Fair warning. This post will be a tough read for some. It does not have a happy ending, and illustrates one of the many unpleasant experiences of a work day in Baghdad 2004.
We had been lucky…again. My team had missed its third IED by seconds. The checkpoint we had just driven through exploded. We were the first team through, and the lucky ones. The team directly behind us had their luck run out.
Thirty minutes prior to all hell breaking loose in the checkpoint we had been to yet another meeting at the Ministry of Oil. A large, mostly intact, building that housed all the oil honchos in Iraq. It’s main entrance was next to a highway overpass. I had always thought that if we were going to get hit it would be at that entrance. Waiting to be let in left us vulnerable to pretty much anything from the highway above.
Once inside the compound we had large walls that gave us the illusion of safety. The stark reality was that no place was safe for us, and we behaved accordingly. Despite being in a “secure” compound we set security for the vehicles. So while the team leader and 4 shooters took the client into the building, I stayed behind with my Kurdish coworkers and watched the vehicles.
We parked in a secluded corner of the lot, and set up a loose perimeter. We made it very clear to potential observers that were anyone to approach the cars they would pay dearly. As harsh as it sounds the only people that mattered were my teammates, and our protectee. Everyone else was a bad guy. That’s the mentality required when keeping someone safe in a combat zone.
We had probably been to this venue six or seven times, and each time was a different experience. On this particular day we enjoyed quiet. No mortars, no rockets, and no gunfire. We all laughed and speculated that the reason for the quiet was that the bad guys didn’t want to hit their friends working inside.
There were two other teams there that day. They made their drops, parked their vehicles, and went inside. They didn’t leave security with their cars. After baking in the sun for two hours, the radio squawked and our team leader informed us they were coming out. Our curbside pickup went flawlessly, as did the pickups for the other teams. We all left the compound together.
The ride back to the green zone was uneventful. By the summer of 2004 the Iraqis were used to seeing security teams, and gave us a wide berth. Nonetheless we rolled windows down,rifles out, safety off. The message was very clear. Approach us at your peril. Nobody approached us that day. It turned out there were easier targets to hit.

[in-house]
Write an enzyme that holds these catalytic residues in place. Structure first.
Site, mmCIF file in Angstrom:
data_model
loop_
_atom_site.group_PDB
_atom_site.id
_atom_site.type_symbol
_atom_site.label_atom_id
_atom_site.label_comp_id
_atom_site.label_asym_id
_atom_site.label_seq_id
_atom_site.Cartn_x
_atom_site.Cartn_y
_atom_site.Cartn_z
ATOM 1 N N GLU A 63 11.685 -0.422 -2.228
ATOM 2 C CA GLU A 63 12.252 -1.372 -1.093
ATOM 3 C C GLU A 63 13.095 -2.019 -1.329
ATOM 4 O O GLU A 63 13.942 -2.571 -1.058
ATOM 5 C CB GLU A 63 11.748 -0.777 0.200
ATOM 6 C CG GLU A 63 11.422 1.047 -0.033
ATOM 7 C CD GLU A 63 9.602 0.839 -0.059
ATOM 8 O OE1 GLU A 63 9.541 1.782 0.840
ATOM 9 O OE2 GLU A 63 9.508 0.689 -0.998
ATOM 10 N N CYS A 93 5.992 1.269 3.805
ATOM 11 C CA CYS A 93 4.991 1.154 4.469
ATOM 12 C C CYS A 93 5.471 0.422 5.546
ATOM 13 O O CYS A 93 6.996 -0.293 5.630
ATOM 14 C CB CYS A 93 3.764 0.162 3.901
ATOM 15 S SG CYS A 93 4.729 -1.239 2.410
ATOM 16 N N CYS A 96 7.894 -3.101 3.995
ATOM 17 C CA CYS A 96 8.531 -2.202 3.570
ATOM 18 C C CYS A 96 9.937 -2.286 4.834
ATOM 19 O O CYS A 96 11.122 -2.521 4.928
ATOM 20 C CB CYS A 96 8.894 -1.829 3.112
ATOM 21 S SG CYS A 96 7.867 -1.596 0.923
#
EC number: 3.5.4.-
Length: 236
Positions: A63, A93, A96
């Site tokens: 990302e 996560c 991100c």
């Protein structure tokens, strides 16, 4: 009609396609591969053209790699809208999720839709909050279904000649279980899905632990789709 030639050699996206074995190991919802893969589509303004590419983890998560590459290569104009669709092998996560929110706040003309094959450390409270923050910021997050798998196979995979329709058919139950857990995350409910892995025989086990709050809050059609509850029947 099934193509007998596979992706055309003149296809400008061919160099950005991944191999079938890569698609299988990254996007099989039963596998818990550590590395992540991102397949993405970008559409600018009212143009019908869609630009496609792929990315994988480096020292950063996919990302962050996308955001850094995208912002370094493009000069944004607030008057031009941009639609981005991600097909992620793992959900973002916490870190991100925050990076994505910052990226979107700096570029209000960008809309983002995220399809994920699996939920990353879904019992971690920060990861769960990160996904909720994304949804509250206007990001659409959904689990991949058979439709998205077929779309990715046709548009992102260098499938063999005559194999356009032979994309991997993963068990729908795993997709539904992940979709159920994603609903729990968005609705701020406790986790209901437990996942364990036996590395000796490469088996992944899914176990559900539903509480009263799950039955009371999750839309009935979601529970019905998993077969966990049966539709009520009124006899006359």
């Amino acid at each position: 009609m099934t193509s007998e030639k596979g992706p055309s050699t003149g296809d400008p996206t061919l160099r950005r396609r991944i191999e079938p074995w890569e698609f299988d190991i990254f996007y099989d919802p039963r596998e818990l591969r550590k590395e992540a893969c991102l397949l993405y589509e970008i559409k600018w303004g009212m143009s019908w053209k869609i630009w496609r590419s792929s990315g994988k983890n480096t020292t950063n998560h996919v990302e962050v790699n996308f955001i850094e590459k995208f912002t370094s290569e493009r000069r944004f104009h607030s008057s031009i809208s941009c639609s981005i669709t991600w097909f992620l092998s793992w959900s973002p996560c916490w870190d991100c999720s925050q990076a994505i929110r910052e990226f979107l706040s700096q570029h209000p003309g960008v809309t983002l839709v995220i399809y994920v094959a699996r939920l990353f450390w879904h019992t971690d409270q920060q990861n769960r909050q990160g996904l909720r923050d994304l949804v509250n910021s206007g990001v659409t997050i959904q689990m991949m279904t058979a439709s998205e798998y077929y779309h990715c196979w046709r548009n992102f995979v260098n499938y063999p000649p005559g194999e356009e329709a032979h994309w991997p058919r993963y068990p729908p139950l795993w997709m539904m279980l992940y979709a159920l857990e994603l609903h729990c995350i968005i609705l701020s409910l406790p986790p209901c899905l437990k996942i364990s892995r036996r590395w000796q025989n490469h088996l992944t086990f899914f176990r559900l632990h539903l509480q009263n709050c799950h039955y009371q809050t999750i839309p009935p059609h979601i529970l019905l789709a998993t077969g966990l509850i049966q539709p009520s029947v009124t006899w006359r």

I dont remember the nationality of the team that came up behind us. I do remember their Nissan Pajero guntrucks, and their armored land cruiser. They had their windows rolled up, and rifles in…low profile.
Checkpoints into the green zone were the most dangerous part of any excursion. It doesn’t take a whole lot of smarts to figure out that the best place to kill Americans is at the entrance/exit of where we were living. Much to the chagrin of the Iraqi Civil Defense Corps guys manning the outer portion of the checkpoint, we blew right by. We didn’t stop for anyone but American Soldiers. The ICDC guys made a fuss but none of us cared…fuck ‘em. The American soldiers waved us right through. They knew we were targets, and nobody likes standing next to a target.
The shockwave hit us about six hundred yards past the checkpoint. The bomb must have been enormous. I’m not sure how many people it killed but it was a lot. The team behind us died. All of them. Several Iraqis waiting in line for work inside the green zone were also killed.
Apparently the bomb was attached to one of the guntrucks of the team coming up behind us. They had not secured their vehicles, and it cost them their lives. As we drove back to the palace in the relative safety of the greenzone, I watched the cloud of black smoke billowing into the blue sky and remembered the advice I received from my friend Geno. He told me “never let your guard down, walk softly, carry a big stick, and use it”. My resolve was strengthened by those words.
I had just witnessed complacency kill a lot of people, and I resolved to not become a casualty of complacency. Twenty minutes after the checkpoint exploded found me with my team in the chow hall eating mango ice cream, gearing up to go out on another run…